Anyone remember the name of the massive private medical records database company?

There is a non-government company funded by the insurers that stores every medical transaction for every patient in the USA but I can’t remember its name.

Anyone know?

I’ve been an IT guy in the healthcare field for the better part of 10 years, and I’m not aware of such a system or company. There are lots of collaborative efforts among regional healthcare providers and other organizations to share data. But to my knowledge there’s no single repository for all healthcare transactions in the US.

I know I read about a similar operation a few years ago.

“At the root of the controversy is the organization’s penchant for secrecy. For many years, insurance agencies consulted MIB without telling applicants about the files. Today, the secret continues, if to a lesser extent: MIB refuses to release the list of codes it uses”

So it’s basically Carfax for humans?

Just an observation: what some consider “secrecy” others might consider “privacy.” Assuming the information has gotten to MIB legitemately (i.e. you signed something), I think I might be more inclined to consider their tight-lipped attitude toward inquiries as a “privacy” concern–concern for YOUR privacy. Making it easier for unauthorized entities to access and interpret their databases is the opposite of that.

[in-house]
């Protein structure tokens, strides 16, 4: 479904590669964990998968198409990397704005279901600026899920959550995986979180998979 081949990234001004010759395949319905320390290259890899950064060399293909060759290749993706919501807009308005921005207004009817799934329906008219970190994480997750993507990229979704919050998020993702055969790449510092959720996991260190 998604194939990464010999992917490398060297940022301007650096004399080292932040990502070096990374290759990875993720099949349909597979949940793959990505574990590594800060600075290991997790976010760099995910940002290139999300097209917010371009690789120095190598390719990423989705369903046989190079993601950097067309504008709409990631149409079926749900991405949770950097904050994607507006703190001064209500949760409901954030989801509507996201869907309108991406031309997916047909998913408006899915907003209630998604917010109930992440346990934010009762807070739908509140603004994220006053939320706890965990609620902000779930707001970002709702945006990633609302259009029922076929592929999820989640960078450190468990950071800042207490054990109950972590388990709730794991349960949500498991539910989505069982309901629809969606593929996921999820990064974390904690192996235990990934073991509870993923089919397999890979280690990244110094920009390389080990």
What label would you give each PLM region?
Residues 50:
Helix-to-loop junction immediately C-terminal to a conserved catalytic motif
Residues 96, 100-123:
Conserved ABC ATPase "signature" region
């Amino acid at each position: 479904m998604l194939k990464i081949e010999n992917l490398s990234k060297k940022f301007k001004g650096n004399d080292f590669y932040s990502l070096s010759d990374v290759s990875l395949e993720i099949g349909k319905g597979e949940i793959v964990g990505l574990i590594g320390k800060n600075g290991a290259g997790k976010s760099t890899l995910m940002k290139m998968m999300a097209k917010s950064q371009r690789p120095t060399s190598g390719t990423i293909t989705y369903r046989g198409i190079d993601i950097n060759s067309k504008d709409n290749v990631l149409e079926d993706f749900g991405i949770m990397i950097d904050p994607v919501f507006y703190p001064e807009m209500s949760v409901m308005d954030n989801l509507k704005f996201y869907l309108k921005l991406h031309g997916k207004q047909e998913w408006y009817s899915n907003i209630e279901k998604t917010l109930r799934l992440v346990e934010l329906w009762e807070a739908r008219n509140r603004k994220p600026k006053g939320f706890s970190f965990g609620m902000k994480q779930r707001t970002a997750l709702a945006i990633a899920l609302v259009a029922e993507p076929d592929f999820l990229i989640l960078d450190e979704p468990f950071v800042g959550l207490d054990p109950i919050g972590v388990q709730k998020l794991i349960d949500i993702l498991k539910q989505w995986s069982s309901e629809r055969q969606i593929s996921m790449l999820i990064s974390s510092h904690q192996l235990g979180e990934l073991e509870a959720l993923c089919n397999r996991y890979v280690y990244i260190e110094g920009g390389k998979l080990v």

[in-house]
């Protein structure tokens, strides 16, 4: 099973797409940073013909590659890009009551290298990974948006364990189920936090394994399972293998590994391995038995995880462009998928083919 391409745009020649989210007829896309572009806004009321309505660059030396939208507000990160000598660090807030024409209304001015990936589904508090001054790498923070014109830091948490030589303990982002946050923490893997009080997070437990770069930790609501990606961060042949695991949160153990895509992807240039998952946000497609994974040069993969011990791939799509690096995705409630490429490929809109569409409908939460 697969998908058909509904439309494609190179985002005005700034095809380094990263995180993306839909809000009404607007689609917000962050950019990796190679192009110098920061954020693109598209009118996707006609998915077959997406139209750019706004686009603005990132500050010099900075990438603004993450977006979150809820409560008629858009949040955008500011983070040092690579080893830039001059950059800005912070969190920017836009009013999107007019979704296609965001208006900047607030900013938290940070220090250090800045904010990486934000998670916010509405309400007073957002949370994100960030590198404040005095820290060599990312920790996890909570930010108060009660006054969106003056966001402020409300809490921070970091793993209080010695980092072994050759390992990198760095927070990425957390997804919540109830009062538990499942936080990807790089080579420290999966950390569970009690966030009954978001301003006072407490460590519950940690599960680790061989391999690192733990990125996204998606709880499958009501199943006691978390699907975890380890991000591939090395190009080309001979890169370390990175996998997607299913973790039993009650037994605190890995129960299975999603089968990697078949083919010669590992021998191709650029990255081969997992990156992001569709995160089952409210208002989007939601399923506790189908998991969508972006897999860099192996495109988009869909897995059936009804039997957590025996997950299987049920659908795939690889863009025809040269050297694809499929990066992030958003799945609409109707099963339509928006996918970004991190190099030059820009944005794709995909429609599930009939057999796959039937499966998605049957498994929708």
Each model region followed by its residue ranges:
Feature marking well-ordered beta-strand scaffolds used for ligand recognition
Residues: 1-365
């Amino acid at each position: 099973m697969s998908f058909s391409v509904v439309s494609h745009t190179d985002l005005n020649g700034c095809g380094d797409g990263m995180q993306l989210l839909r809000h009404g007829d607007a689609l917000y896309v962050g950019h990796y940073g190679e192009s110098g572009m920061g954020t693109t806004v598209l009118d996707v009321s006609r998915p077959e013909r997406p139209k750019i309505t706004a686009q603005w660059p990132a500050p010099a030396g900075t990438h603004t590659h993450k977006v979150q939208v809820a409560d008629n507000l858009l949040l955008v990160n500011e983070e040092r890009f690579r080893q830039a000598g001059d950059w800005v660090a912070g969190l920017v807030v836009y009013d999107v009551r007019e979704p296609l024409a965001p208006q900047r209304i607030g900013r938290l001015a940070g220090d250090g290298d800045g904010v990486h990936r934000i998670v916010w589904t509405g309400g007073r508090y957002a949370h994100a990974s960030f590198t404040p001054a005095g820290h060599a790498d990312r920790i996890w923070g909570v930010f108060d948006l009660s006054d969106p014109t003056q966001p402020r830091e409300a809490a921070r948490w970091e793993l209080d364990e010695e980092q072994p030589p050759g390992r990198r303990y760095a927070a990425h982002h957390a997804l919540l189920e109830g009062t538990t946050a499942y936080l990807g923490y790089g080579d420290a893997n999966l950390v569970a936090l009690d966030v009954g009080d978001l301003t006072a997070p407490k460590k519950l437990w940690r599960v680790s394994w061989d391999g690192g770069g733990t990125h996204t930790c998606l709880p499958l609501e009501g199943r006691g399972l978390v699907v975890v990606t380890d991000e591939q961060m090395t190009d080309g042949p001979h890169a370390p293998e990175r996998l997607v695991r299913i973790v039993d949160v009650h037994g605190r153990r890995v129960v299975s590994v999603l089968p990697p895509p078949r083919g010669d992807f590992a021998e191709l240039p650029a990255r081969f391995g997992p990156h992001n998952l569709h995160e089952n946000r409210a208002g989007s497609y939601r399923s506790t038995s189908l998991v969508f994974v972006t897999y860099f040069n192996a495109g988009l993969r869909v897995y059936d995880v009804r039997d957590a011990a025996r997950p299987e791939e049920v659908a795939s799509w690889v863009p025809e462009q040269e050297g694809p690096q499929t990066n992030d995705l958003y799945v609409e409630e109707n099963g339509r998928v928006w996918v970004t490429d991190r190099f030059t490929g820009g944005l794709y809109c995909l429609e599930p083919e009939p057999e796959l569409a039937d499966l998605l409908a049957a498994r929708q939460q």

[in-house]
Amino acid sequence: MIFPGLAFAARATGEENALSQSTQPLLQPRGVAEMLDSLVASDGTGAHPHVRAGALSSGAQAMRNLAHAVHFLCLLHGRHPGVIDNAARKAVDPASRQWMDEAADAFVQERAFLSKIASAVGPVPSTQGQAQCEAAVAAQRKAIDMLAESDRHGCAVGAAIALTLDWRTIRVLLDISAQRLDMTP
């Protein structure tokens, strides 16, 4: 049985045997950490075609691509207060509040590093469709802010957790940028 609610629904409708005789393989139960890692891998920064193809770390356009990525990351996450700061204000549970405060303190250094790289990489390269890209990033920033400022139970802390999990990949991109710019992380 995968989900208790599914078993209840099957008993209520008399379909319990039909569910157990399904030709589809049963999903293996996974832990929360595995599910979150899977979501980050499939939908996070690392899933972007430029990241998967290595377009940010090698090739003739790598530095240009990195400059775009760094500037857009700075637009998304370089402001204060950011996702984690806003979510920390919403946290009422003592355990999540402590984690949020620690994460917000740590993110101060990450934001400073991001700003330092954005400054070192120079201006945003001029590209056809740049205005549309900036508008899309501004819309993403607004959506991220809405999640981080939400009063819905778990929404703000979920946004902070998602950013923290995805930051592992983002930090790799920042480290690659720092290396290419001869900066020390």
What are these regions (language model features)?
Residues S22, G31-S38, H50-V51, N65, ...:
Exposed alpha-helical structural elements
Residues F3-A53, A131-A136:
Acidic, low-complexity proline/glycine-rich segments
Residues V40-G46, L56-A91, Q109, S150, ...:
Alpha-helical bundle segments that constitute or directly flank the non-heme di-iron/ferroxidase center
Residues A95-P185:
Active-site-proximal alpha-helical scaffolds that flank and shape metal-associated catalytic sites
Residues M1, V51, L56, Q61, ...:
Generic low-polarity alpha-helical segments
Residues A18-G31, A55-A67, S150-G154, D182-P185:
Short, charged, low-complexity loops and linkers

Uh oh. MIB. Here comes a guy in a black suit with sunglasses holding what looks like a fountain pen - when he presses the button we will all forget what we saw here.

GSJ, I concur about the privacy issue, however, I would want to know how I am being rated for something as important as life insurance and the like, which is why it seems more like industry secrecy than protecting privacy.

Life insurance is easy: you answer some questions, you get a quote, you fill out an application (more questions with additional detail), underwriting checks your answers–maybe with/without a report from MIB–and a policy is issued. If you told the truth for the quote and application, you get no surprises. If you get busted by the MIB information and your rate is different from the quote you get an explanation. What I think you CAN’T do is write to MIB and say, “What do you have on me?” But I dunno, maybe you can? Seems like it shouldn’t be any different from a credit report.

I’m blathering again, I appologize.

Cerner is certainly in the running here for being a medical database company. As far as Insurance company supported, I don’t believe so.